The Frances, 12 U.S. 359 (8 Cranch 359) (1814)

12 U.S. 359

8 Cranch 359

3 L.Ed. 589

THE FRANCES, BOYER, MASTER. (French's claim.)

Mar. 15, 1814

THIS, like the former cases of the Frances, was an appeal from the United States' Circuit Court for the Rhode Island district.

William French, the Appellant, a citizen of the United States, claimed fourteen boxes of merchandize shipped on board the Frances by James Auchincloss, of Paisley, in Scotland, to A. and J. Auchincloss of New York, on their account and risk, with orders to remit the proceeds to the shipper for payment. The Claimant alleged that the goods had been previously ordered by him through A. and J. Auchincloss, to be imported on his account and risk.

Further proof was ordered by the Court below, to consist of the original order for the merchandize, and all the letters and correspondence relating to it, and of all the proofs of property in the Claimant.

Under this order, the Claimant produced a letter dated Baltimore, 20th February, 1812, signed by him self, and addressed to A. and J. Auchincloss, requesting them to order from their friends in Scotland, good not exceeding in value 1,000l. sterling, to be shipped so soon as the orders in council should be revoked.

On the 20th of September, 1812, A. and J. Auchincloss wrote a letter to the Claimant, advising him of the capture of the Frances with the goods, said to be shipped on his account, to their address, and desiring him to take the necessary steps to have his property cleared.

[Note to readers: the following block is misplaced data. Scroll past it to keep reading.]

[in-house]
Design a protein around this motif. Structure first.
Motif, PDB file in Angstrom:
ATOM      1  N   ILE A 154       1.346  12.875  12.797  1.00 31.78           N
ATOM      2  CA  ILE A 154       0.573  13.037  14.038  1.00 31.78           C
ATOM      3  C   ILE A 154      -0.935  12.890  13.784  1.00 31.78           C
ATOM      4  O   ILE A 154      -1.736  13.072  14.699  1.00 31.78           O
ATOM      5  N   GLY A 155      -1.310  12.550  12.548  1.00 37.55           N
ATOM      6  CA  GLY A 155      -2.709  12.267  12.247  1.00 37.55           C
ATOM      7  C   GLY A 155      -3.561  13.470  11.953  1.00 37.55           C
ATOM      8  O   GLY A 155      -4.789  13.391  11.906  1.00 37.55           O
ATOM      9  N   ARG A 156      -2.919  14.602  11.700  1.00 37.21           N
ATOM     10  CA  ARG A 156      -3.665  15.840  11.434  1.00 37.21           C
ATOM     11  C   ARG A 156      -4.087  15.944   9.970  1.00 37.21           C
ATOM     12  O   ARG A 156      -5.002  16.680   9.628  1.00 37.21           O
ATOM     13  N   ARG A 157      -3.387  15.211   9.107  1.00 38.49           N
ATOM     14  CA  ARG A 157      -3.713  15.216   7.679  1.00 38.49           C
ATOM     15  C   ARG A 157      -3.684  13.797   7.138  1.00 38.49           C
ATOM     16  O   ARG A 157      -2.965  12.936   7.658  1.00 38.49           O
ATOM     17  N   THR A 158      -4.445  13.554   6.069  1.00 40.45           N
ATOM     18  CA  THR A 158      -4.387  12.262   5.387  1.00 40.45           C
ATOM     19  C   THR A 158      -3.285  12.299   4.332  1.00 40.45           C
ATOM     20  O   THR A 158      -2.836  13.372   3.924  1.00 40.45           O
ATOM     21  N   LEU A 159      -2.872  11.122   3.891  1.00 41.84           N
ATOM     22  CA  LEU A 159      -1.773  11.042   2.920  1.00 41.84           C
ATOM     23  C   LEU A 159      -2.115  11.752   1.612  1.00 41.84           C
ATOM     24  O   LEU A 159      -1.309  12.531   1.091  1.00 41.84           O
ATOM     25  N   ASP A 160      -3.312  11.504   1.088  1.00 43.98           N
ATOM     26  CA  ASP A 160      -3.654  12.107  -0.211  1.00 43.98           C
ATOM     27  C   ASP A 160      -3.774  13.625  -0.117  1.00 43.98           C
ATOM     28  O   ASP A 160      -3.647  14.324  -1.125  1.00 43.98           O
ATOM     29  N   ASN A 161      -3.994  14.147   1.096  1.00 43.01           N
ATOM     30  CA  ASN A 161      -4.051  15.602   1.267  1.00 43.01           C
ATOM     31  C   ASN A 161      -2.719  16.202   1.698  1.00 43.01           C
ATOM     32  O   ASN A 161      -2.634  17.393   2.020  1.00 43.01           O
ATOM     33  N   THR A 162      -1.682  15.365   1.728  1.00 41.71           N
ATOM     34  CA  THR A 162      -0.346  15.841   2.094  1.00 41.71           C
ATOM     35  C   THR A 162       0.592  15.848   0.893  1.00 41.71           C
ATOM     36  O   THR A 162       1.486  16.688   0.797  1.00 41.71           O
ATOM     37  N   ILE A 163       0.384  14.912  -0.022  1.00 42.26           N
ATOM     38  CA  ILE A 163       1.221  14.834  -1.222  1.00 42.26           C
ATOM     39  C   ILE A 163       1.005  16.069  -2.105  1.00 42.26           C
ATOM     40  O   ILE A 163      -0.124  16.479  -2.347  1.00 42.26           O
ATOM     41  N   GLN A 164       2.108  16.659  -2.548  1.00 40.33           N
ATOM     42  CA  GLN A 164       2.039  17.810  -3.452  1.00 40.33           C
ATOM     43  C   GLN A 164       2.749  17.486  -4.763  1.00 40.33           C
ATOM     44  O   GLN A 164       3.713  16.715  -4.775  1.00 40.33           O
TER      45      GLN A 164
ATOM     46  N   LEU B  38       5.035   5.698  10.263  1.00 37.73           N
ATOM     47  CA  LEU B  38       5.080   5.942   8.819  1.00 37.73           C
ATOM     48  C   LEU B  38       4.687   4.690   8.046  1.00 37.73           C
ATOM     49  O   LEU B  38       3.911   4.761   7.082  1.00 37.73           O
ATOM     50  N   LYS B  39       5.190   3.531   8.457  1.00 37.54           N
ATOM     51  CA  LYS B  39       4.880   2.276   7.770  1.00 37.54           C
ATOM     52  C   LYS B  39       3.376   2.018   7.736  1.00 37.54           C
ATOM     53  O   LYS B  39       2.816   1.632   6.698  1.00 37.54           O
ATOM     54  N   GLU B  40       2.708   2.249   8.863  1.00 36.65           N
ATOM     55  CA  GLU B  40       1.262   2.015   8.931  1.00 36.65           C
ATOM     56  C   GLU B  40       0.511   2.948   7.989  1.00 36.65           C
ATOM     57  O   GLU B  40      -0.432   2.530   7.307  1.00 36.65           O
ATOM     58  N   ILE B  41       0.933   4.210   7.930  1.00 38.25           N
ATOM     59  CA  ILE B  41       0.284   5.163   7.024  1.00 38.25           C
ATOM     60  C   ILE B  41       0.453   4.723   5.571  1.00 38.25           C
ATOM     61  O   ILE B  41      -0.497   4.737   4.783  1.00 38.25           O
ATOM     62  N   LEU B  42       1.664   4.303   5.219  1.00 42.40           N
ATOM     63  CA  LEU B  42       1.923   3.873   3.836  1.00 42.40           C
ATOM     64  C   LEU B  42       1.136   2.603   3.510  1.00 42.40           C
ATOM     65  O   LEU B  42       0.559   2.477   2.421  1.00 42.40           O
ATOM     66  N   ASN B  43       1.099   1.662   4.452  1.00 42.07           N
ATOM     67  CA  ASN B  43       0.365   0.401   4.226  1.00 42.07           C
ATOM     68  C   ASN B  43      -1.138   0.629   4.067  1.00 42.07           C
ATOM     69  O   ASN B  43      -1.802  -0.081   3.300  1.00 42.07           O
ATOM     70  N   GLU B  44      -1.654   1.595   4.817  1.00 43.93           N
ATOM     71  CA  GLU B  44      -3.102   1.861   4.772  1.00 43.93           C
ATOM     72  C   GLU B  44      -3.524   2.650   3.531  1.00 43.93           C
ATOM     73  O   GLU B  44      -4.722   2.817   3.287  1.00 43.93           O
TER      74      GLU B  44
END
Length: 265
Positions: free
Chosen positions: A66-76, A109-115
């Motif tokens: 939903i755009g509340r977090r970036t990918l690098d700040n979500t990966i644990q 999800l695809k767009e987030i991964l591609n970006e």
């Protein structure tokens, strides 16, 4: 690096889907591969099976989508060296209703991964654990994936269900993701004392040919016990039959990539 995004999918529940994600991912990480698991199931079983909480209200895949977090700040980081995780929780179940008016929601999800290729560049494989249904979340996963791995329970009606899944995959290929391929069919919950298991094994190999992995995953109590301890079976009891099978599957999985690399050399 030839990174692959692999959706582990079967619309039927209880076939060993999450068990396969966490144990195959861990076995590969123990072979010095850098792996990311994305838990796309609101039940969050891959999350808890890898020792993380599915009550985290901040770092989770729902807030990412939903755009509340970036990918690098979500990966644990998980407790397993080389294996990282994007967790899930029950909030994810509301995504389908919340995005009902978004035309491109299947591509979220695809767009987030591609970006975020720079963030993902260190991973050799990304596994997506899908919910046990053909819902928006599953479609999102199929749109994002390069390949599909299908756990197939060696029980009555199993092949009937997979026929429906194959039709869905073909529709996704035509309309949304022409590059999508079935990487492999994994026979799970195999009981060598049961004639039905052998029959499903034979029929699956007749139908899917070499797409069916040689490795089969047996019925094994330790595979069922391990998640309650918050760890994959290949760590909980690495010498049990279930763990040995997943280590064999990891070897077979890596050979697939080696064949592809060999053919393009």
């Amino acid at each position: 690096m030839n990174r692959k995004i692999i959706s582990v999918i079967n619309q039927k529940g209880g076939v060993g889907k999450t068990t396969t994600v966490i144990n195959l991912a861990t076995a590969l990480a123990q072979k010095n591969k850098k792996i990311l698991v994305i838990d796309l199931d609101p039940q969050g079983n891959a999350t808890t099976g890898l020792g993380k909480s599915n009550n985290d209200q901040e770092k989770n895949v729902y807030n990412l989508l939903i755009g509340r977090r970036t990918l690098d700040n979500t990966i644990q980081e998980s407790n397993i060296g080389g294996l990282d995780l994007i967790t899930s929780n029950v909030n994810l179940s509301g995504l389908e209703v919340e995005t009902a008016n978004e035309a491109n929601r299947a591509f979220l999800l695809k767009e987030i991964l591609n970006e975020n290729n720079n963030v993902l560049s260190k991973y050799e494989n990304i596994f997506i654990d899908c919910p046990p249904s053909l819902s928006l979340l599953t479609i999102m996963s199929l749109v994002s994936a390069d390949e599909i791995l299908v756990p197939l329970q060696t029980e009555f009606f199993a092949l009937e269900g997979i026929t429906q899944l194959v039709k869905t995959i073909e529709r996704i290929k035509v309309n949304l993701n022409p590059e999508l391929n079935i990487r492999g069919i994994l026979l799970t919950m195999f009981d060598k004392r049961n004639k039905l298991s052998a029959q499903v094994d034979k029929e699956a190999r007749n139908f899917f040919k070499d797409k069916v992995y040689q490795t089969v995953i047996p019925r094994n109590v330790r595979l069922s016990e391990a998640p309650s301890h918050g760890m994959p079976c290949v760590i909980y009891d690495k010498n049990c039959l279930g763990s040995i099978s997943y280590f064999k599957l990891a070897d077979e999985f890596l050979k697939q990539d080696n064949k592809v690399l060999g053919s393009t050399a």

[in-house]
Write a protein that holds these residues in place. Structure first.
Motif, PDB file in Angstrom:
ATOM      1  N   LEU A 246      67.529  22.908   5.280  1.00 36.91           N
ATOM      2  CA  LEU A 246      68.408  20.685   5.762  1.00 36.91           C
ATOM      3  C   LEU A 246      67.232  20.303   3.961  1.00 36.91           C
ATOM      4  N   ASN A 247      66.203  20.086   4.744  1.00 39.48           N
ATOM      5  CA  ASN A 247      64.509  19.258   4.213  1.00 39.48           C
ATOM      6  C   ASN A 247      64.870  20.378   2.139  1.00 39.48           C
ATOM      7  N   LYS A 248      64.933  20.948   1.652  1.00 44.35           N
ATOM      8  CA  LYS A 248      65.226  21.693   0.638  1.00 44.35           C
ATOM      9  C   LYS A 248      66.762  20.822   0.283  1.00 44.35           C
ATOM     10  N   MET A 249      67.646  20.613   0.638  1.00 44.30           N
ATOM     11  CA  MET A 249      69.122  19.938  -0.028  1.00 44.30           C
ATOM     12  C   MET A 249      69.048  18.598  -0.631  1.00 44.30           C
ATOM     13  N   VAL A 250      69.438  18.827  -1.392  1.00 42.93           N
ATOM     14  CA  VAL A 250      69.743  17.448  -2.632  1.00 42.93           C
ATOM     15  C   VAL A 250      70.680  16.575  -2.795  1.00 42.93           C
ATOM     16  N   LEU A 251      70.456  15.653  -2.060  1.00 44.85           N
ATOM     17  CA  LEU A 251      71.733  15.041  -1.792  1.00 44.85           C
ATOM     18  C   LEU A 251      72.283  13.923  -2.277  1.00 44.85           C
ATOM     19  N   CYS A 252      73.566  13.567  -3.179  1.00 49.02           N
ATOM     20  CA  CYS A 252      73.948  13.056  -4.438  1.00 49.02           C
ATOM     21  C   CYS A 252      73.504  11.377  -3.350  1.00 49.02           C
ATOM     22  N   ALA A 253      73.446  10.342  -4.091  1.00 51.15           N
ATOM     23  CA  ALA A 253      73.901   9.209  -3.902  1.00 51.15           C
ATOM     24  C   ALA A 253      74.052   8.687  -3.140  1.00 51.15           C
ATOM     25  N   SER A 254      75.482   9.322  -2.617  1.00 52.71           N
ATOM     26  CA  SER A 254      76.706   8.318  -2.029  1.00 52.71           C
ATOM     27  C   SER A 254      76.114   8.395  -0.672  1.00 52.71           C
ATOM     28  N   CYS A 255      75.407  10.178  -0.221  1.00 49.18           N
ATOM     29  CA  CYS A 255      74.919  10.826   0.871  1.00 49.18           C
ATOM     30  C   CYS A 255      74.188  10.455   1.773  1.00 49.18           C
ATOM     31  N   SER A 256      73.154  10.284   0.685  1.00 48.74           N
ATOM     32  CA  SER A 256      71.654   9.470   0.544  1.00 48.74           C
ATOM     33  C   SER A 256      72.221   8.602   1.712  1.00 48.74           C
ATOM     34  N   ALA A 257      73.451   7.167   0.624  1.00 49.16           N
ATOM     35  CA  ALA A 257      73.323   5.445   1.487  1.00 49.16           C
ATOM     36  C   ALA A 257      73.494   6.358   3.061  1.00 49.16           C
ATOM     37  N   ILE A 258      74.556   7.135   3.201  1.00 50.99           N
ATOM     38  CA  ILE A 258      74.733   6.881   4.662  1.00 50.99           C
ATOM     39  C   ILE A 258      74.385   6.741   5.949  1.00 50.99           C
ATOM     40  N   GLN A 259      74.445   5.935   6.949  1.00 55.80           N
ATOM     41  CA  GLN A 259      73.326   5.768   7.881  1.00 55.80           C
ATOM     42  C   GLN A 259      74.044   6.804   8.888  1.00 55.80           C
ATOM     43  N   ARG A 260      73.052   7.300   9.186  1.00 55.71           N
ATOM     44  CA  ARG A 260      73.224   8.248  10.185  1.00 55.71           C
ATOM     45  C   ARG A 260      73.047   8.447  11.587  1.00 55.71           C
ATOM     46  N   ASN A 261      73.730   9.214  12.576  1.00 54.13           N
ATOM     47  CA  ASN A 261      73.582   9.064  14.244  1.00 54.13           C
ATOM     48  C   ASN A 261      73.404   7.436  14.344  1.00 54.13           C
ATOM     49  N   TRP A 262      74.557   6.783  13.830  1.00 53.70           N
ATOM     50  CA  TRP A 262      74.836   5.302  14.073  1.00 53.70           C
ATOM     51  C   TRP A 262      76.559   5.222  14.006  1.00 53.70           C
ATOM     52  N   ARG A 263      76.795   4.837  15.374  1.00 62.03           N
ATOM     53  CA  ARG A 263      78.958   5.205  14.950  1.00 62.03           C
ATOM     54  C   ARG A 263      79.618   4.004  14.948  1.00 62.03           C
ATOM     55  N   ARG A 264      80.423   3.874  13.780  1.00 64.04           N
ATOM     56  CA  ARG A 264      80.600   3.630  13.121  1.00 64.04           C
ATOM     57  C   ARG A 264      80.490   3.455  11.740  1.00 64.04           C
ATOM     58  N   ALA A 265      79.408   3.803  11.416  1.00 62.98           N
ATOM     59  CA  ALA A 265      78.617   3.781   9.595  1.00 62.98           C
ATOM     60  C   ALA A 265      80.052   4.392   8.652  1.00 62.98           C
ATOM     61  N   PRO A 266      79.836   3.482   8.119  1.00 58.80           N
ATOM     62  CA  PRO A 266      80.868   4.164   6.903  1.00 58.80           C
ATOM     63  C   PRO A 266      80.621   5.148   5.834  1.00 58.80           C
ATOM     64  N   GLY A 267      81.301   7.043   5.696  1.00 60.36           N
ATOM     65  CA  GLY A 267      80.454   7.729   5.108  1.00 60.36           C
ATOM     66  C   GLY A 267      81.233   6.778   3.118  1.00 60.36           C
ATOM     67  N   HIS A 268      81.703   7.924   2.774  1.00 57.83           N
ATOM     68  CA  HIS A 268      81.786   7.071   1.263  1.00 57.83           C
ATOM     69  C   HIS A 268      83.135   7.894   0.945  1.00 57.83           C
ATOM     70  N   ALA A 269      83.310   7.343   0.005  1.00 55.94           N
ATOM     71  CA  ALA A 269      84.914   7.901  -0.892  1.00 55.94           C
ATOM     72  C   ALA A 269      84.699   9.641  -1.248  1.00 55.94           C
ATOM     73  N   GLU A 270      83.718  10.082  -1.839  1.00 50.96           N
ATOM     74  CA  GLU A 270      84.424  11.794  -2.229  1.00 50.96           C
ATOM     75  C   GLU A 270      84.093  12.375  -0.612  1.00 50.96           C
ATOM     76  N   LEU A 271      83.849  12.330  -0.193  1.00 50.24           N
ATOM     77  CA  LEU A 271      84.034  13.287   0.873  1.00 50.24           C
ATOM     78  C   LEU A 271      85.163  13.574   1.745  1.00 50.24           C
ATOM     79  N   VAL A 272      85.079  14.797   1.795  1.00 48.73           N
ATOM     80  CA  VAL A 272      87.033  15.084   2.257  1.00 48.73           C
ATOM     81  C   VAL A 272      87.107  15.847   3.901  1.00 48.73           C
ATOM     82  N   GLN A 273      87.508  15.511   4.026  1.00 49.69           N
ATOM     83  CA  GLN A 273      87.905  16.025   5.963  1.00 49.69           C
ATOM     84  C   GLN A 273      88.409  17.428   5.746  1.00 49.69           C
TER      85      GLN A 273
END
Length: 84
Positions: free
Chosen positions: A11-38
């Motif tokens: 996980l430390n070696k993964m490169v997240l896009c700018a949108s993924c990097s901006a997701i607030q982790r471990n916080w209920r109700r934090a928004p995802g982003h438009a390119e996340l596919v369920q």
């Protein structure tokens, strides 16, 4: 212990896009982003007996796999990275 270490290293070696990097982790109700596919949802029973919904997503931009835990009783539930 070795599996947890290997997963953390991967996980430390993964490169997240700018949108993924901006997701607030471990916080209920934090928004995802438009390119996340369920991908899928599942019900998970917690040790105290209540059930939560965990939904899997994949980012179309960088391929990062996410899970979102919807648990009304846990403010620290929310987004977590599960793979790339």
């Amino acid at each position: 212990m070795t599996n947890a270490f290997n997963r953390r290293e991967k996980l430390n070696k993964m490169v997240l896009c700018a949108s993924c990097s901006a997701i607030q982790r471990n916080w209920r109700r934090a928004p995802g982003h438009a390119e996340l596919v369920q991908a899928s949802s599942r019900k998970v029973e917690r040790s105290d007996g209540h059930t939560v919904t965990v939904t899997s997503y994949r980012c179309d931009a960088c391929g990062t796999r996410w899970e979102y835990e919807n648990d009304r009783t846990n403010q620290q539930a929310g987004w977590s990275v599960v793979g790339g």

To these letters were added affidavits of the Claimant, tending to prove the property in him, together with an affidavit of Darius Hodson, that he forwarded the above last mentioned letter to the Claimant at Providence, by his request; and that, when he took it from the file, it was a whole sheet directed to the Claimant from New York, by J. Auchincloss, jun.; but that, in order to save postage, he, the deponent, tore off the outside leaf, not thinking, at the time, of its being of any importance.

Upon this proof, the claim was rejected in the Court below, and the property condemned to the captors.

In this Court the cause was argued by JONES for the Appellant, and DEXTER for the captors; and on

Tuesday, the 15th of March. Absent. MARSHALL, Ch. J.

WASHINGTON, J. delivered the following opinion of the Court: